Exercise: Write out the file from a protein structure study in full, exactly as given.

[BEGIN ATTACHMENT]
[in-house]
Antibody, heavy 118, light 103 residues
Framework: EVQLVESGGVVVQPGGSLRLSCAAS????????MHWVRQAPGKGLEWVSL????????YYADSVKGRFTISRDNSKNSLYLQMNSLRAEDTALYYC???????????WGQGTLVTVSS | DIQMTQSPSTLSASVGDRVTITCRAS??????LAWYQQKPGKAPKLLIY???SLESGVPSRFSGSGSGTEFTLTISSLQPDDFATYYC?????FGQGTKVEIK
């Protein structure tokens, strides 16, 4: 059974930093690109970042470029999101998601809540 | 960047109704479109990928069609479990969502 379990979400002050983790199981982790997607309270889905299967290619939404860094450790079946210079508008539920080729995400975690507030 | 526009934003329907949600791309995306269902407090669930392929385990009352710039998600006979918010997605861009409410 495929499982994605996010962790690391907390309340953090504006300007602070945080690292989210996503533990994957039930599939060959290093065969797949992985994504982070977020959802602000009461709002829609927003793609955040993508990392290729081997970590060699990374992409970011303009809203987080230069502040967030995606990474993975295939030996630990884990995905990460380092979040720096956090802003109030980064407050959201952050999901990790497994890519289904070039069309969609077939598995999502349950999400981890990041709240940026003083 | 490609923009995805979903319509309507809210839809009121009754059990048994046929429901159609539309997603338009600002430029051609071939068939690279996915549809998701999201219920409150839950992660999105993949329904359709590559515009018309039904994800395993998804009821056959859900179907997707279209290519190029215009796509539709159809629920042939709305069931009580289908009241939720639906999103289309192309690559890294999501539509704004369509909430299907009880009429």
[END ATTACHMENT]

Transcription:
[in-house]
Antibody, heavy 118, light 103 residues
Framework: EVQLVESGGVVVQPGGSLRLSCAAS????????MHWVRQAPGKGLEWVSL????????YYADSVKGRFTISRDNSKNSLYLQMNSLRAEDTALYYC???????????WGQGTLVTVSS | DIQMTQSPSTLSASVGDRVTITCRAS??????LAWYQQKPGKAPKLLIY???SLESGVPSRFSGSGSGTEFTLTISSLQPDDFATYYC?????FGQGTKVEIK
């Protein structure tokens, strides 16, 4: 059974930093690109970042470029999101998601809540 | 960047109704479109990928069609479990969502 379990979400002050983790199981982790997607309270889905299967290619939404860094450790079946210079508008539920080729995400975690507030 | 526009934003329907949600791309995306269902407090669930392929385990009352710039998600006979918010997605861009409410 495929499982994605996010962790690391907390309340953090504006300007602070945080690292989210996503533990994957039930599939060959290093065969797949992985994504982070977020959802602000009461709002829609927003793609955040993508990392290729081997970590060699990374992409970011303009809203987080230069502040967030995606990474993975295939030996630990884990995905990460380092979040720096956090802003109030980064407050959201952050999901990790497994890519289904070039069309969609077939598995999502349950999400981890990041709240940026003083 | 490609923009995805979903319509309507809210839809009121009754059990048994046929429901159609539309997603338009600002430029051609071939068939690279996915549809998701999201219920409150839950992660999105993949329904359709590559515009018309039904994800395993998804009821056959859900179907997707279209290519190029215009796509539709159809629920042939709305069931009580289908009241939720639906999103289309192309690559890294999501539509704004369509909430299907009880009429």